BlueRipples Technologies

Performance Tuning Of Time Series Data In TimeScaleDB

Performance Tuning Of Time Series Data In TimeScaleDB

Senior Technical Architect @ Blue Ripples Technologies

In the realm of data management, time series databases are crucial for handling a vast amount of data generated by applications across various domains. There are different databases available to handle time series data. In this post, I am focusing on TimescaleDB, which is built on top of PostgreSQL. It offers robust scalability and performance for handling a large volume of time series data. I am sharing our experience using TimescaleDB and how we have improved query performance.
I am sharing our experience using TimescaleDB and how we have improved query performance.

About the data

We have implemented a grid monitoring use case. The system generates substation data in every 15 minutes for all consumers, lines, connectivity nodes and transformers. The network consists of 4 substation, 3K transformers and 6K consumers. The system generates 6K meter data every 15 minutes.

Store data

We inserted the simulated data from the past year into TimescaleDB. The data includes information on lines, buses, solar, batteries, and consumer metering, all ingested every 15 minutes. For simplicity, this post will focus solely on the consumer metering data and load profile, which consists of 6,000 entries every 15 minutes.

Data Volume

6K rows in every 15 mins

24K rows in every hour

576K rows everyday

210.24M rows every year

Each row includes data on lighting, fans, cooling, heating, refrigerators, fans kW, total kW, and more. After inserting one year of data, we executed some queries and observed the following results.
Query : Find total lighting load of a consumer for a particular day
Query Result 1
A typical time series query takes approximately 233 seconds to execute!(Refer image Query Result 1)

But, what went wrong?

We discovered that we had missed some fundamental steps for storing time series data in TimescaleDB.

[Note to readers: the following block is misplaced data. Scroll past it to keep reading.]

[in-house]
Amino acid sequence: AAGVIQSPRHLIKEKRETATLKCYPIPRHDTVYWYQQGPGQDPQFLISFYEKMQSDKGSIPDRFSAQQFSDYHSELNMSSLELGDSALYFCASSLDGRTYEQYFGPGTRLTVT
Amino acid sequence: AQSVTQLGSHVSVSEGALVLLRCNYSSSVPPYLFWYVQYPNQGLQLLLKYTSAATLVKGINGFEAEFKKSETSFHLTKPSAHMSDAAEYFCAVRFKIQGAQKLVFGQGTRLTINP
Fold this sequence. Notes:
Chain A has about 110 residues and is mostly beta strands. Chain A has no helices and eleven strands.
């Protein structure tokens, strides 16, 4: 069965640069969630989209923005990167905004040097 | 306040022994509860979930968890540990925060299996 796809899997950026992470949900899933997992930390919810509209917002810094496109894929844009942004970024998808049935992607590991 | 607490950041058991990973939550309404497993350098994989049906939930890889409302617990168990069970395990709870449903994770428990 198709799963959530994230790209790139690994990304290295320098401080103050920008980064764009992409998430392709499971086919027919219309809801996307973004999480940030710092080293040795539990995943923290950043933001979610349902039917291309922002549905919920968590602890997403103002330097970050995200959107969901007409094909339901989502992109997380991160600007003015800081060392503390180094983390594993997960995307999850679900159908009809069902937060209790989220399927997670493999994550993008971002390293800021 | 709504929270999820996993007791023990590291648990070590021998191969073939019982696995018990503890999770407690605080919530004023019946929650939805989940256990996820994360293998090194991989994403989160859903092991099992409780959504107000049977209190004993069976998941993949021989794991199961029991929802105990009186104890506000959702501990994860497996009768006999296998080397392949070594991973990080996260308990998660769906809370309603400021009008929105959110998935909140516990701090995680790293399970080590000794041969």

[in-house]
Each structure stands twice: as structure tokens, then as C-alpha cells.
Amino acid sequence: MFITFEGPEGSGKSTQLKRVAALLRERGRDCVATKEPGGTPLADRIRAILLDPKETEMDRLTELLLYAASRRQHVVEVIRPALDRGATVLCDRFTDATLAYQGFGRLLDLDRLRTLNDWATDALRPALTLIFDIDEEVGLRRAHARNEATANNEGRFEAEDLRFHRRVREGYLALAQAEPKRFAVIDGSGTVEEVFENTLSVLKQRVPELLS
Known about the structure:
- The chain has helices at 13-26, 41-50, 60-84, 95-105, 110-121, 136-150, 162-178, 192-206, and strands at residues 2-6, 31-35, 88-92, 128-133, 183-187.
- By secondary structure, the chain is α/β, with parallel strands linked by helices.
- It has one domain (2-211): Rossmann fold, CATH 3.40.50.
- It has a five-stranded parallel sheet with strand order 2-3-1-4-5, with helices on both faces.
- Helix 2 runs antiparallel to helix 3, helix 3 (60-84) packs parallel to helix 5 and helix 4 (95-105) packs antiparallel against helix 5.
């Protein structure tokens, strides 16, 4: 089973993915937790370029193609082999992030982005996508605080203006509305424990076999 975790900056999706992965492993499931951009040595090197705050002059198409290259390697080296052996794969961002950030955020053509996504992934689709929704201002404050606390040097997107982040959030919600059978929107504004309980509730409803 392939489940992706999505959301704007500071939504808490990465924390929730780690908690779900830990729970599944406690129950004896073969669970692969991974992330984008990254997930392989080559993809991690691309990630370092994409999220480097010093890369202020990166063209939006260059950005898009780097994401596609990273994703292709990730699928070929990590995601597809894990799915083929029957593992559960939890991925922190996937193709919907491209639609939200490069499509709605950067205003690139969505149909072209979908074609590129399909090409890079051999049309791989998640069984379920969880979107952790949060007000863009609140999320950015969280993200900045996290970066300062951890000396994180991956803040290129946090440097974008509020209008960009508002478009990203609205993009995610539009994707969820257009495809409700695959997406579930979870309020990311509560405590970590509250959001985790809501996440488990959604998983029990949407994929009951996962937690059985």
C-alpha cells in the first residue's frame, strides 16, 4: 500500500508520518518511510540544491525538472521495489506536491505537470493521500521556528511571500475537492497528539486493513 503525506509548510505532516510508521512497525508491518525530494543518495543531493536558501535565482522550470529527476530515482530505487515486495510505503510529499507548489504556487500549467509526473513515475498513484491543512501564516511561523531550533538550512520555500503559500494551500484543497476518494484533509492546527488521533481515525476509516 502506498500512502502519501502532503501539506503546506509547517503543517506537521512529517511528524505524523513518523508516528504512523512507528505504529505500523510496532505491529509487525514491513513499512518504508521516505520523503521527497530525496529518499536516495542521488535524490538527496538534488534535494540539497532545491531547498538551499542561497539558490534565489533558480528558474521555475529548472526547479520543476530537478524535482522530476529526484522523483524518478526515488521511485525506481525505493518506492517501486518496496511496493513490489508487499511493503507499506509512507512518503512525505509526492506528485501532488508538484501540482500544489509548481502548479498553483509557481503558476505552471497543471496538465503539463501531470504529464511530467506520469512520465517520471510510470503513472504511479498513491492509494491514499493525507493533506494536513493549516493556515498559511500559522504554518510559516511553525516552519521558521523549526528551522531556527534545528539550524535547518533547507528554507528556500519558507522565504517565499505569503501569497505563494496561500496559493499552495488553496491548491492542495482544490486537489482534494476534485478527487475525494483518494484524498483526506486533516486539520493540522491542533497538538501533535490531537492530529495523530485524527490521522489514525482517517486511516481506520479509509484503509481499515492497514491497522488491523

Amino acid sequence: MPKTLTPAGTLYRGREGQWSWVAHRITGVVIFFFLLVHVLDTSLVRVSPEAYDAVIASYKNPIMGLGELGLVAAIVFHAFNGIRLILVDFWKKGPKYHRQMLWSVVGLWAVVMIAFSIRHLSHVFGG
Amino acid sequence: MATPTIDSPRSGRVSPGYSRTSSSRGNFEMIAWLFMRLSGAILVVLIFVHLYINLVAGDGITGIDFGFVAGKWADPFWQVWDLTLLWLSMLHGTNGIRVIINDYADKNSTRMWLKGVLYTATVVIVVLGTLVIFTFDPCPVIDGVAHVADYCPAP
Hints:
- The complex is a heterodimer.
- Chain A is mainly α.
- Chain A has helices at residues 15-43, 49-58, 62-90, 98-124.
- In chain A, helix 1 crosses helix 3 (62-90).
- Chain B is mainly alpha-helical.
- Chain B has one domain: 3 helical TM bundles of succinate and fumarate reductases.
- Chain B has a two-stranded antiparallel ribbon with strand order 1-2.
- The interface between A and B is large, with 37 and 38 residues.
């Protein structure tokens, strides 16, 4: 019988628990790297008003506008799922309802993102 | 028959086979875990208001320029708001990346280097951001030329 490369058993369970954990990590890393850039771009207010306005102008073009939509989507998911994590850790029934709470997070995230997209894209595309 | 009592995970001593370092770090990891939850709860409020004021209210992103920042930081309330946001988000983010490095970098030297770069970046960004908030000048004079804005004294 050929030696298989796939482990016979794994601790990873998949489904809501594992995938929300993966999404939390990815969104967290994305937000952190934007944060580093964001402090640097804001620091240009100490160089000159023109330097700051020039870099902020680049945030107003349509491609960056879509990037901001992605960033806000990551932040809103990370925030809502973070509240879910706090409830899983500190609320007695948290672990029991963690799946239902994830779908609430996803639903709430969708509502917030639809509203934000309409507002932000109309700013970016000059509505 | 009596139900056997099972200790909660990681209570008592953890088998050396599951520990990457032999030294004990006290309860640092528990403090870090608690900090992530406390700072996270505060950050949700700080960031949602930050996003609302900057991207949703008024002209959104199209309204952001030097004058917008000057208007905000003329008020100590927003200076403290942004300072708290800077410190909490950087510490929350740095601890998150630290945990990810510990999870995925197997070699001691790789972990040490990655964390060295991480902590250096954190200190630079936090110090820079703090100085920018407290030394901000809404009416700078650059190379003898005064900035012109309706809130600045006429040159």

1) Hyper table

TimescaleDB is fundamentally designed around the concept of hypertables, which are the primary structure for managing time-series data. If we create a normal table in TimescaleDB, these tables will not benefit from TimescaleDB’s automatic partitioning and indexing optimizations designed for time-series data.

2) Chunking

TimescaleDB divides data into chunks based on time intervals. Choosing an appropriate chunk interval is crucial. Based on the requirements, we need to define the chunking strategy. Too small and too large chunk intervals are not recommended as it affects management and query performance.
We missed the concept of hypertables and the chunking strategy when creating the table. Realizing this, we decided to convert the tables into hypertables. However, since we had one year of data generated by running the simulator for hours, we needed to migrate the data into hypertables. We followed this documentation to migrate the database into TimescaleDB hypertables.
We are using a chunking strategy of one day, as our use case typically involves querying daily data.
After migrating to hypertables, we observed a significant improvement in query performance for the same query. It now takes only 285 milliseconds! (Refer image Query Result 2)
Query Result 2
After creating the hyper tables and optimized chunking strategy we got a huge performance improvement.

3) Indexing

Indexing plays a crucial role in achieving efficient query performance. While TimescaleDB automatically creates indexes on time columns, you may still require additional indexes depending on your specific queries. We have created unique indexes for the name and time columns.

4) Compression

TimescaleDB supports compression as a means to reduce storage requirements and enhance query performance. Experimenting with different compression settings can help find the optimal balance between storage efficiency and query performance.

5) Materialized Views

Materialized views are precomputed views of data that are stored on disk and can be accessed more quickly than regular views.Utilizing materialized views enables more efficient execution of queries, particularly for complex aggregations and joins.
The following figure illustrates the difference in query timings:
This figure demonstrates the significant improvement in query performance after migrating to hypertables and applying optimizations like indexing and compression.
Query timings (ms)


When working with TimeScaleDB, it’s essential to create hypertables and define a suitable chunking strategy.
To optimize both performance and storage efficiency, you can define indexing and compression techniques.
Materialized views can be utilized to precompute and store the results of complex queries. It’s crucial to refresh the materialized view at regular intervals to update the results.
The pg_cron extension can be used to schedule and automate the refresh process of materialized views.